There are a few basics beyond the control of your lawn care provider that any plant requires. These are light, air, warmth and water. This is no different for the grass plant. Given the lawn is the centrepiece of many UK gardens, the key maintenance practice of watering would be a little foolish to ignore.
Grass is a very resilient plant and in the grand scheme of things, with our UK climate which usually brings regular rain, will require infrequent watering providing other maintenance practices are in good order.
The big question…….to water or not to water?
Our advice on this matter is straightforward, if there is a hosepipe ban do not water. If there is not a hosepipe ban, then now is the time to consider if to water or not.
Option 1 – Not watering your lawn
If you choose not to water your lawn during periods of dry weather, it will soon turn brown. The grass plant will turn dormant to protect itself and will not start to recover until substantial rainfall arrives. Most lawns tend to recover within a few months but if we have a prolonged drought such as in 1976 or more recently in 2018 it is likely that the lawn will need remedial work to bring it back to good health, which can be expensive. In occasional cases, especially lawns grown on poor soil or those that are very old and thatchy it is possible that the entire lawn could die and require replacement.
Option 2 – Water your lawn
It is important that the watering of your lawn during a hot and dry period of weather is not ignored if you want the lawn to stay green and healthy. Watering is not necessarily wasteful – it supports the thousands of grass plants that make up your lawn, which are removing carbon dioxide from our atmosphere. Your lawn is part of the solution, not the problem.
Watering your lawn doesn’t have to be time consuming. Watering your lawn just once per week during a testing summer for your garden, providing it is done so deeply and to saturation will be enough to allow your lawn to hang on in there – at least providing it with a life support level of moisture. By watering deeply, infrequently, when rainfall does arrive it will be accepted by the soil surface. If the lawn hasn’t been watered at all, much of this precious natural rainfall will bounce off. This deep watering will encourage roots to seek downwards to find this water. Lawn professional do not recommend only watering lightly roots will remain close to the surface, and your lawn will be suffering from the symptoms of drought far sooner.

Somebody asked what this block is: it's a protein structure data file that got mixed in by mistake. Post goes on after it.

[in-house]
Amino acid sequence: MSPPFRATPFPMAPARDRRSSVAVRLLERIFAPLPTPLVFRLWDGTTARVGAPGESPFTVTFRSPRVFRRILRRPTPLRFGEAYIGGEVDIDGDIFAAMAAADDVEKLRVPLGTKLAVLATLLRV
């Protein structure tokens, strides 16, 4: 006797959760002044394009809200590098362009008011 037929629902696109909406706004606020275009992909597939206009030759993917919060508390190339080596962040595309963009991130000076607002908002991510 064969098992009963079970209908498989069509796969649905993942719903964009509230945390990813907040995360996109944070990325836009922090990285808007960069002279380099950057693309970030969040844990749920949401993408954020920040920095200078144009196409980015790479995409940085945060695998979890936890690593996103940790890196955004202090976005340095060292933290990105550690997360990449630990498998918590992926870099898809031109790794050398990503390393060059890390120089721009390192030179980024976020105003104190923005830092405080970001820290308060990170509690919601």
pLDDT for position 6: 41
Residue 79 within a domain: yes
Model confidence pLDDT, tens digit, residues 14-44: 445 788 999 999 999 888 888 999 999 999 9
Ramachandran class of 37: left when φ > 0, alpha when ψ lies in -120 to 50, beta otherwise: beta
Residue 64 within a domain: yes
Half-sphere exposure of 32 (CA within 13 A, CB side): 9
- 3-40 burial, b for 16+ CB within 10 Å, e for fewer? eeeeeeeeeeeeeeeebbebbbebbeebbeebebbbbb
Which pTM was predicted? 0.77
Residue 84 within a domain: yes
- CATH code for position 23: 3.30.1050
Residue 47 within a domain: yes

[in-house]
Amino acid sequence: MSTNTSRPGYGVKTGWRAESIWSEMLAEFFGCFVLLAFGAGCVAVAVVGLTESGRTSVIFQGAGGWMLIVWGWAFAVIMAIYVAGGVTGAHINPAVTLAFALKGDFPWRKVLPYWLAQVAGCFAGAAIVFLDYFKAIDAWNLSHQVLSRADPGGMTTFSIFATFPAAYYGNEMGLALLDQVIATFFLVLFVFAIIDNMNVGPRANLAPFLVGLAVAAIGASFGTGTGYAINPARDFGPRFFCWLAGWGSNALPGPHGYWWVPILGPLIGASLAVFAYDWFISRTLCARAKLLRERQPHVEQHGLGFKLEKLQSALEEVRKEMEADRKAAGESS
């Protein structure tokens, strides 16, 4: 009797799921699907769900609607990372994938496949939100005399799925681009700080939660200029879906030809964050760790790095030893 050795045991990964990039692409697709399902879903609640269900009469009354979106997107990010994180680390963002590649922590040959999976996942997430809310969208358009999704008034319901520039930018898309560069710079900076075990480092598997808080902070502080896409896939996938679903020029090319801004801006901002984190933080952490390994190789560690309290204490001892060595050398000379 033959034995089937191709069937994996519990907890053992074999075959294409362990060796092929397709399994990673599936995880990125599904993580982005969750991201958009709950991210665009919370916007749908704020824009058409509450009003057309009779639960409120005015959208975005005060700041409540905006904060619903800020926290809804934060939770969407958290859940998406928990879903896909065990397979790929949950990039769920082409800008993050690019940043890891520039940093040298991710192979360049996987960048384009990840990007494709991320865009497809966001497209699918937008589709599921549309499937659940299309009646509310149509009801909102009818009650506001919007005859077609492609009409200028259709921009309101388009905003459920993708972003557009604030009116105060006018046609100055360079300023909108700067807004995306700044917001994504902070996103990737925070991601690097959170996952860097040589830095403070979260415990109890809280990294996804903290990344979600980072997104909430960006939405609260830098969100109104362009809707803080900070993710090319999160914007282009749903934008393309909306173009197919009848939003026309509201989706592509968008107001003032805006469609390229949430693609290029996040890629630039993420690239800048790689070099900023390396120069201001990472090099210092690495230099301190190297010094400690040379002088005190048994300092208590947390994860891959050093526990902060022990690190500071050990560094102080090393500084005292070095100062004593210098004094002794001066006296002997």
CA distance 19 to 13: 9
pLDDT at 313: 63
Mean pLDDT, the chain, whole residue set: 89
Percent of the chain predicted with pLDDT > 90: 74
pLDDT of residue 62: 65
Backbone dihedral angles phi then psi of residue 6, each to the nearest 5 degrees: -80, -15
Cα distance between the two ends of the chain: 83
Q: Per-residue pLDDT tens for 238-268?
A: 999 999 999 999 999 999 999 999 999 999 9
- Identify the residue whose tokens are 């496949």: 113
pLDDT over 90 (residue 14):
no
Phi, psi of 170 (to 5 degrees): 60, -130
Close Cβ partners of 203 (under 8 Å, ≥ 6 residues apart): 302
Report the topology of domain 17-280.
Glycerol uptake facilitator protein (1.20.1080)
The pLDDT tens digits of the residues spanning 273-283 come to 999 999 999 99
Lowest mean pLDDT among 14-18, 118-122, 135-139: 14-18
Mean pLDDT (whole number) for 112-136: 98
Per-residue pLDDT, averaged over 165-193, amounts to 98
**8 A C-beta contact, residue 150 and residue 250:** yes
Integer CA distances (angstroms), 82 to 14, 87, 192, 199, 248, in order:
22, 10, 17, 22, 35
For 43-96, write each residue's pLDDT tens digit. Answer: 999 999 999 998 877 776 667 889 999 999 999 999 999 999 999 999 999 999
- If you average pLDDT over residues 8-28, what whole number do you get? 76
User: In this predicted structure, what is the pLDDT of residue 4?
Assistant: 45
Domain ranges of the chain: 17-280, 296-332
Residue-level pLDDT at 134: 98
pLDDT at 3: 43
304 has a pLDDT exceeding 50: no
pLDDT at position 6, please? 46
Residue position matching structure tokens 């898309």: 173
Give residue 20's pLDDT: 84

We encourage to watering of an evening where possible. Watering in the late morning or through the afternoon will prove wasteful with much of this water lost to evaporation. By watering of an evening, your lawn will have all night to make the best use of this. If your lawn is prone to disease, watering early in the morning will mean the leaf of the plant does not sit wet overnight.
UK Lawn Care Association’s Top Watering Tips
A quick and easy way to ensure your lawn has received enough water is to place a jam jar under the sprinkler and continue watering until there is at least an inch (25mm) of water in the jar.
Try to purchase a good quality impact sprinkler which will cover a wide area. If your water pressure is restrictive use an up-and-over sprinkler (pictured above) that will work better in with low pressure. If you have good water pressure use an impact sprinkler which will cover a large area efficiently.
Purchase a battery-operated timer which fits to your tap so you can set and forget. Keep an eye on your water meter. You might be surprised how little it costs to water your lawn for a month or two. To get an indication of how much watering your lawn could cost, check out our watering tool by clicking here.